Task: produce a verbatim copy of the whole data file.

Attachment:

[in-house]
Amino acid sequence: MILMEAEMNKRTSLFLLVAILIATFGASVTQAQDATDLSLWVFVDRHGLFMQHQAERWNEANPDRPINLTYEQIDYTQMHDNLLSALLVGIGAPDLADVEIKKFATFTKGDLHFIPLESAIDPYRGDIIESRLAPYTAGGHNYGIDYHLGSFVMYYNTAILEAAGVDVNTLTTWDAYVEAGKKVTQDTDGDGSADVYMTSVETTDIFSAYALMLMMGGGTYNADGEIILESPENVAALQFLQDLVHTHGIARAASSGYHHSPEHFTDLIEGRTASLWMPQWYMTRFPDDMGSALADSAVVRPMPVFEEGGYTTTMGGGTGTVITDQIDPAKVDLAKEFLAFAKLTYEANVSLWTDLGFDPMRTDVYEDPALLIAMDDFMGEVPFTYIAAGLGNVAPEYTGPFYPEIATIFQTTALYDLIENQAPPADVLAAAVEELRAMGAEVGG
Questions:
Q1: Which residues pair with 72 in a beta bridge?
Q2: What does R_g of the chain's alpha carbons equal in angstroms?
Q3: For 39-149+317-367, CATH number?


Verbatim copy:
[in-house]
Amino acid sequence: MILMEAEMNKRTSLFLLVAILIATFGASVTQAQDATDLSLWVFVDRHGLFMQHQAERWNEANPDRPINLTYEQIDYTQMHDNLLSALLVGIGAPDLADVEIKKFATFTKGDLHFIPLESAIDPYRGDIIESRLAPYTAGGHNYGIDYHLGSFVMYYNTAILEAAGVDVNTLTTWDAYVEAGKKVTQDTDGDGSADVYMTSVETTDIFSAYALMLMMGGGTYNADGEIILESPENVAALQFLQDLVHTHGIARAASSGYHHSPEHFTDLIEGRTASLWMPQWYMTRFPDDMGSALADSAVVRPMPVFEEGGYTTTMGGGTGTVITDQIDPAKVDLAKEFLAFAKLTYEANVSLWTDLGFDPMRTDVYEDPALLIAMDDFMGEVPFTYIAAGLGNVAPEYTGPFYPEIATIFQTTALYDLIENQAPPADVLAAAVEELRAMGAEVGG
Questions:
Q1: Which residues pair with 72 in a beta bridge?
Q2: What does R_g of the chain's alpha carbons equal in angstroms?
Q3: For 39-149+317-367, CATH number?